Sermons at Abiding Peace

The ministry of Word and Sacrament is the center of our weekly gathering, and it is a work of the whole community. Together we proclaim the good news of how Christ has transformed and is transforming our lives through collective prayer, confession and absolution, reading of scripture, songs of worship, gathering at the Lord's table, and sending out for our work and ministry in the world. The proclamation of the Word through preaching is also a vital part of our worship and ministry. On this page, you can find links to past sermons in written form.

We encourage you to be with us in person, but we also know that sometimes that is not possible. We hope that these sermons can be a resource to you in your spiritual growth. 

It's About the Prayer, Not the Answer

A sermon on Luke 11: 1-13 (for an audio recording of this sermon, click here) Do you all remember the old Garth Brooks song Unanswered Prayers? (It was very popular back when I was in High School, so it has a certain nostalgia for me). If you don’t know it, the song tells the story of running into an old high school flame later in life, after marrying someone else. The song recalls the desperate, persistent prayers of teenage longing for that first love, but the point of the song is that it’s a GOOD thing those High School prayers were not answered. As the chorus repeats: “Some of God’s greatest gifts, are unanswered prayers.” I like the song. It’s relatable, and singable, and it tells a swe

Martha Needs Some Love

(A sermon on Luke 10:38-42; an audio recording of this sermon, click here) I am NOT the world’s best housekeeper. I admire people who can keep their homes organized and clean at all times. Who have a “place” to store everything they own and who consistently keep those things in those places, and then also consistently sweep, and dust, and mop, and scrub all their surfaces with cleaners… I think that’s amazing! I would love to live in a house like that! But in the rhythms of my day to day life… those tasks don’t usually seem like the most important ones. And, therefore, they don’t always get prioritized. So, naturally, I would really love to be able to read today’s gospel scene as a validati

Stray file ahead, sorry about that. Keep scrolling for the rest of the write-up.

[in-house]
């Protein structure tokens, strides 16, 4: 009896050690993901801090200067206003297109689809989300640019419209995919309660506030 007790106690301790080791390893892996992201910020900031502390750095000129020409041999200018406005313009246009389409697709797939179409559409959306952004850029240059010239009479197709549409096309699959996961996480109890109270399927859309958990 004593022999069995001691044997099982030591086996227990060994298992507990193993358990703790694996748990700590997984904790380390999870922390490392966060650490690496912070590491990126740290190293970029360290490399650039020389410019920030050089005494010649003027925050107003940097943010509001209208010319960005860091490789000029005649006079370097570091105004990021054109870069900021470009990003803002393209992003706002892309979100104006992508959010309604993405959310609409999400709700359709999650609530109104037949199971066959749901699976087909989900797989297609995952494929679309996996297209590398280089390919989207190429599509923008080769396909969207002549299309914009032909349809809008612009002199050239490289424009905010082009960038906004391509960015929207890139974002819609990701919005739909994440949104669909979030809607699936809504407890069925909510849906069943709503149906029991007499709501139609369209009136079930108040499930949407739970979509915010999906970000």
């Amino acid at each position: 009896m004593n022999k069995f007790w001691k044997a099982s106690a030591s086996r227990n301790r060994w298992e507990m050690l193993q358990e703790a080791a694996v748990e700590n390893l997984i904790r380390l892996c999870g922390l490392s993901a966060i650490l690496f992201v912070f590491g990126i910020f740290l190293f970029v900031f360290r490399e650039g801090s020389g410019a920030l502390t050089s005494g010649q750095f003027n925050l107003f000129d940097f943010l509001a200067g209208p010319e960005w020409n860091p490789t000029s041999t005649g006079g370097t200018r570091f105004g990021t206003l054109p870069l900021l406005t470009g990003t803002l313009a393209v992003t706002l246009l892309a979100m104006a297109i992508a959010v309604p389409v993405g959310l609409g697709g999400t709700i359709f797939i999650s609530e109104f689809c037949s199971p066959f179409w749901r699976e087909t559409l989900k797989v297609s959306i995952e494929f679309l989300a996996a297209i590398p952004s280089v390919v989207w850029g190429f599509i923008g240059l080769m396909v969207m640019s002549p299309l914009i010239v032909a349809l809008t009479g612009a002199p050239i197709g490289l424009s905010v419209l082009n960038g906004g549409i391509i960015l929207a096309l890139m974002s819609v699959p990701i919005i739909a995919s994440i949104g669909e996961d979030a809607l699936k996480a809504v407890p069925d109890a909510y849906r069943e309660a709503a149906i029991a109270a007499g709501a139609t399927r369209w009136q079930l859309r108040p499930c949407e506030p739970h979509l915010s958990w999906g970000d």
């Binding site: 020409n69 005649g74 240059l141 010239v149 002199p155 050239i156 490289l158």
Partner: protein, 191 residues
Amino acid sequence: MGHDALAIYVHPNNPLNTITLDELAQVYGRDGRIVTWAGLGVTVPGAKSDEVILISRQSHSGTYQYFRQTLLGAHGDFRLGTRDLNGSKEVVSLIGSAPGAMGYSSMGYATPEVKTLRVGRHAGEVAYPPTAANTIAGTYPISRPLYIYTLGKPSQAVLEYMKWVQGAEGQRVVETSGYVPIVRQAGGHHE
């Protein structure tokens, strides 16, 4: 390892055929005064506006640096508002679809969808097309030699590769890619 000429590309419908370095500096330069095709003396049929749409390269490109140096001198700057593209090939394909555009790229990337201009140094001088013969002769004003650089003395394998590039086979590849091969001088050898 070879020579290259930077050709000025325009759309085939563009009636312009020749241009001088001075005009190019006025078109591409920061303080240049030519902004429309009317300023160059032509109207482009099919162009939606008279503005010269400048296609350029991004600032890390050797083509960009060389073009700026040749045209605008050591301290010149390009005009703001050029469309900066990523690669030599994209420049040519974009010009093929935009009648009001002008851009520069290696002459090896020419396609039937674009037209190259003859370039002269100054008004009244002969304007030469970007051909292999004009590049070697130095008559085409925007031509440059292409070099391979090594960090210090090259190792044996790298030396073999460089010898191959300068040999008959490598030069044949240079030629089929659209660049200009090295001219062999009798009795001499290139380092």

Healing Is Better Than Self-Justification

A sermon on Luke 10:25-37 [for an audio recording of the sermon, click here] Several of the commentators I read this week offered some variation on the theme that it’s really hard to actually engage with the Parable of the Good Samaritan because it is so. very. familiar. Debie Thomas’ assessment along those lines is perhaps the most incisive: “I read, I nod, and I walk away, unafflicted and unchanged.”[1] She’s making a point that I think is essential to hearing the parables the way that Jesus used them. She’s reminding us that we aren’t supposed to just nod our heads along with the familiar tale. Parables AREN’T fables. They aren’t about “knowing the moral of the story.” Jesus taught in pa

A Challenging Peace

A sermon on Luke 10: 1-11, 16-20 [for an audio recording of this sermon, click here] Today’s gospel story raises an important question: Do we want peace? More specifically, do we want the kind of peace that Jesus’s followers were told to offer to the homes and communities that they entered on their mission? The answer would seem to be obvious, especially in a congregation named Abiding Peace. Who among us wouldn’t want peace? But the story suggests that the answer is NOT obvious… Jesus’s instructions to his followers before sending them out are premised on the assumption that some of the people and towns they approach will NOT “share in peace.” Jesus tells his disciples to “shake it off” whe

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